Do you ever see a new car and just know that it’ll be a beater in its old age?
Any car can become a beater; it’s not something that’s bestowed in a grand event, but rather subtly given through the combined forces of depreciation, age and entropy. A once proud Mercedes 450SEL that wouldn’t be seen on anything else than the finest driveways in the country when new is as likely to be seen today with faded paint and broken indicators as a Middle Class Cutlass or a “Just need some wheels and a warranty” Chevette. But there are some cars that almost seem especially predisposed for the humble and unappreciated service of being “the other car”.
The finest example I can think about on the new car market today is the Mitsubishi Mirage, which I must admit has become somewhat better in the years since it got released. At the very least it’s no longer the laughing stock of the new car market (considering that I’m using it right now as an example it probably still is a little bit). And it has evolved to the title of mediocre subcompact. But the qualities that make it so undesirable as a new purchase, like a basic interior, little in the way of equipment, and an anemic hamster of an engine make it very desirable for the sort of person that buys a car knowing that by the time they’re done with it, the next stop will be the crusher.
This particular Elantra, shot and posted in the Cohort by William Rubano, is one of those cars. It even has all the requisite touches of a beater so we can confidently call it one. Although it seems it has been bestowed with a coat of matte black paint to protect it from the tin worm (or hide its effects). The fact that it’s simple, cheap and gets decent fuel mileage is far more important than how stylish it will look. And anyway, the look will probably be spoiled once someone bumps into it again and makes the passenger door match with the fender.
Introduced to the American market in 2001, a time when Hyundai was still climbing to the top of the mountain and hadn’t quite ironed out all of the kinks in their cars, it represented a big improvement over its predecessor and had a couple of interesting features. Space, for one; apparently these Elantras are so spacious inside that the EPA classified them as a mid-size car rather than the compact it was supposed to be. The platform on which it was built was also used on the Tiburon coupe, the Hyundai Tucson and Kia Sportage crossovers, and Kia’s own offering on the compact sector, the Spectra. This wouldn’t mean that anyone buying a Camry or an Accord would be giving this a glance. But for those that were prepared to defy everyone saying that it was a lot better to buy a second-hand Japanese car than a Korean one, there were some other rewards. As usual with a Hyundai, you got a fair amount of bang for your buck. Some trim levels even got side airbags fitted in as standard.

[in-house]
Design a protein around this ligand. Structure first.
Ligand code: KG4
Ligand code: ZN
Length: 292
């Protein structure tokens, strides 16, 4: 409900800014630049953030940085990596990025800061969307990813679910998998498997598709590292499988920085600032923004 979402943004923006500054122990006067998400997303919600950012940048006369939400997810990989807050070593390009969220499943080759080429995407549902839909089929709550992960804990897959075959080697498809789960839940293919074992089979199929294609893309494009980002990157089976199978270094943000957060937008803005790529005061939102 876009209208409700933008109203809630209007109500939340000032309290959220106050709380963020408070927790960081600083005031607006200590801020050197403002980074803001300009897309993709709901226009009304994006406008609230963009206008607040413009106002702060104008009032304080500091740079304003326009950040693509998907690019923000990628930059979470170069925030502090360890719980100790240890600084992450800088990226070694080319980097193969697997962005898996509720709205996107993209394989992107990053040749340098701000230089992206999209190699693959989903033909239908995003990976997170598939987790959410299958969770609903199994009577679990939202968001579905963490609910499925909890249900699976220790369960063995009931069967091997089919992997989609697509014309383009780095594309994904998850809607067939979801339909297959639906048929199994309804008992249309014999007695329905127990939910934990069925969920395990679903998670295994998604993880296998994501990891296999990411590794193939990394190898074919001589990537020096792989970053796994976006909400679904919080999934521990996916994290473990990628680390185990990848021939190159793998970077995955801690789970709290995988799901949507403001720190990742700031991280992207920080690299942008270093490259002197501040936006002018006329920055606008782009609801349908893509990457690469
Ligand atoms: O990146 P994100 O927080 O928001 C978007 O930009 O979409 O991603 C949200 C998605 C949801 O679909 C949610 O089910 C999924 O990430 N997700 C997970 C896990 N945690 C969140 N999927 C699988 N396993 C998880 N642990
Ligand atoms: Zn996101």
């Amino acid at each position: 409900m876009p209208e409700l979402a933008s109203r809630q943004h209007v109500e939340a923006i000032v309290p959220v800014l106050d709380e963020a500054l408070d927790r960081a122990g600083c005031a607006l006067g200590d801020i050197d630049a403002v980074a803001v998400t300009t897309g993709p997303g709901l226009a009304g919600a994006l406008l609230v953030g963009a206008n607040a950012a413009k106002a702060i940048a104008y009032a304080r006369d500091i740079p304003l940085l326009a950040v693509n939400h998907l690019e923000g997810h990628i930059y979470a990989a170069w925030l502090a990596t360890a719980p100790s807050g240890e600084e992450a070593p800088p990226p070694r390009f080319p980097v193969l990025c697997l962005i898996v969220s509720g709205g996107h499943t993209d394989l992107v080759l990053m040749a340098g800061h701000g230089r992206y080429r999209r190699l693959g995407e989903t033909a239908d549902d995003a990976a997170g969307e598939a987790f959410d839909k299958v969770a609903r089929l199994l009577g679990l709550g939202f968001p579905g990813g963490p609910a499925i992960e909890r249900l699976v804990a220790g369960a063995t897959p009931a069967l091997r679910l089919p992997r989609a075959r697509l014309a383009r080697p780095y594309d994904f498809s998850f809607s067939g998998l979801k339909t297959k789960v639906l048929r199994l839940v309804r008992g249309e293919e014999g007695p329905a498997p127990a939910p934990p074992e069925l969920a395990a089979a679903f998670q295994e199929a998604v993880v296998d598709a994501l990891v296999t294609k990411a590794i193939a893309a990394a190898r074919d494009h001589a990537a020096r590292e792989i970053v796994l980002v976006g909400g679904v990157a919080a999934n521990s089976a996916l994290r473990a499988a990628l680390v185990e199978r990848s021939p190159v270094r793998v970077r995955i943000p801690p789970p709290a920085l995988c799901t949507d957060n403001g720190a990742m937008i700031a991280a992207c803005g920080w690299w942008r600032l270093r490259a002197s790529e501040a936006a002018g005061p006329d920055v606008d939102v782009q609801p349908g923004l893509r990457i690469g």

The interior itself was pretty standard for a compact, nothing to be glad or sad about as long as you didn’t minded cheap plastics and the occasional rattle that came with them.
There are two bodystyles; a four door sedan, like our featured vehicle, or a five-door hatchback. Engine-wise, other markets got a choice of three gas engines and one diesel, but in America the only powerplant was a 139 Horsepower 2.0-liter engine mated to either a five-speed manual or a four-speed automatic. Post-2003 models got a couple of extra horses to help speed things along. Top of the line “GT” models didn’t get any performance bumps to justify their badge, but they included disc brakes all around and Traction Control to match the tauter suspension.
With its standard equipment, spacious interior and good price, the Elantra was a hit for Hyundai, hovering around the 120k sales mark for much of its life, and only drooping below 100k on its last year. The model that followed it wasn’t as well received, dropping to 85k sales on its inaugural year and only lasting one three-year cycle instead of five. Then again, it was competing with the final progressive Civic. That one seems to have gone straight to the crusher instead of being bought as a cheap runabout, at least on my neck of the woods. But this one is still making the rounds as the car you give to the kid when its time to go to college, or when the most difficult thing you ask from a car is hauling the weekly groceries back home.